More than half of IT security professionals believe their organizations are short-staffed in trying to deal with the growing number of network threats, according to an international survey.
The International Information Systems Security Certification Consortium –known as ISC2—said Monday its survey of 12,000 IT security personnel blame an inability to hire enough qualified information security professionals and executives who don’t fully understand the need for security for not being able to handle the workload.
Hactivism (43 percent), cyber-terrorism (44 percent), and hacking (56 percent) are among the top concerns identified by respondents in the ISC2’s sixth workforce study.
Many organizations (15 percent) are not able to put a timeframe on their ability to recover from an attack, the report says, even though service downtime is one of the highest priorities for nearly three-quarters of respondents. The data concludes that the major shortage of skilled cyber security professionals is negatively impacting organizations and their customers, leading to more frequent and costly data breaches.
Report author Michael Suby, vice-president of research at Frost & Sullivan who focuses on security issues, noted in an interview that the report also brought out a possible difference between how C-level executives see security problems and those who work in network operations centres.
For example, he said, chief information officers were “a little bit more optimistic than those working in the field (on security). That’s a sign there’s a bit of a gap between what the executive suite knows of the problem, or perceives of the challenges, and what their rank and file does.”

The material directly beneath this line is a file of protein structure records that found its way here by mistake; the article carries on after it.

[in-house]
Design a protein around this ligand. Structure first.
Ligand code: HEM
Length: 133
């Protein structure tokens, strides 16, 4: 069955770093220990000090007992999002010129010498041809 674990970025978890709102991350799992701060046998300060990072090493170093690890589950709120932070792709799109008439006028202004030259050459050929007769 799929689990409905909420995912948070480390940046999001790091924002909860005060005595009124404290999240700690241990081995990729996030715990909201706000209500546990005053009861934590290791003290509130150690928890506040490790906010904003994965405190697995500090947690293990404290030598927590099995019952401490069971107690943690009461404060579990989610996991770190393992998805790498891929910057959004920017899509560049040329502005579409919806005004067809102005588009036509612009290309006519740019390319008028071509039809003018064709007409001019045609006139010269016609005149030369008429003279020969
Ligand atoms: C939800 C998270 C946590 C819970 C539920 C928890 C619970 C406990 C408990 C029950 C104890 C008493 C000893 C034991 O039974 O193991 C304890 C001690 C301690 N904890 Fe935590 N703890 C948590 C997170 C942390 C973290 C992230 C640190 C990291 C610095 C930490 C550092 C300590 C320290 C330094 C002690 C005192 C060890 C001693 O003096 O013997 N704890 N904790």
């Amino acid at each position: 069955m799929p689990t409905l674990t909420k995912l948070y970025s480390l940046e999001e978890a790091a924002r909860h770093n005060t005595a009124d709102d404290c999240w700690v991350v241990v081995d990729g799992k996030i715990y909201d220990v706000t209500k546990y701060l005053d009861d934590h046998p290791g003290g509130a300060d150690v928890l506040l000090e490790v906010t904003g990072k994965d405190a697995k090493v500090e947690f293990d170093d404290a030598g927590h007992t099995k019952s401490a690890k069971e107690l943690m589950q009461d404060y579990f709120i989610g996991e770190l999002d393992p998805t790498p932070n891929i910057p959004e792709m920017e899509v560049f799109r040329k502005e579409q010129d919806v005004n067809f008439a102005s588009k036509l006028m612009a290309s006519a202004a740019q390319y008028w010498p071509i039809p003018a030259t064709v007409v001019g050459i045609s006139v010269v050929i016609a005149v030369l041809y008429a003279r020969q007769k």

The results somewhat correlate with a report done last year by IT staffing firm Robert Half Technology Canada, which found 15 per cent of CIOs that responded to a survey said it was very challenging to find skilled IT security personnel. (Thirteen per cent said it was hard to find qualified help/technical desk support and 7 per cent said it was hard to find skilled applications development personnel.)
The ISC2 educates and certifies IT professionals. The survey, conducted by analyst firm Frost & Sullivan, was also sponsored by the Booz Allen Hamilton management consulting firm.
More than 12,000 information security professionals around with world were surveyed on trends and job opportunities in the information security profession.
Among other findings:
-- A multi-disciplinary approach is required to address the risks in BYOD and cloud computing. 78 per cent of respondents said BYOD technology is a significant security risk, and 74 percent reported that new security skills are required to meet the BYOD challenge. 68 percent reported social media is a security concern, with content filtering being the chief security measure used.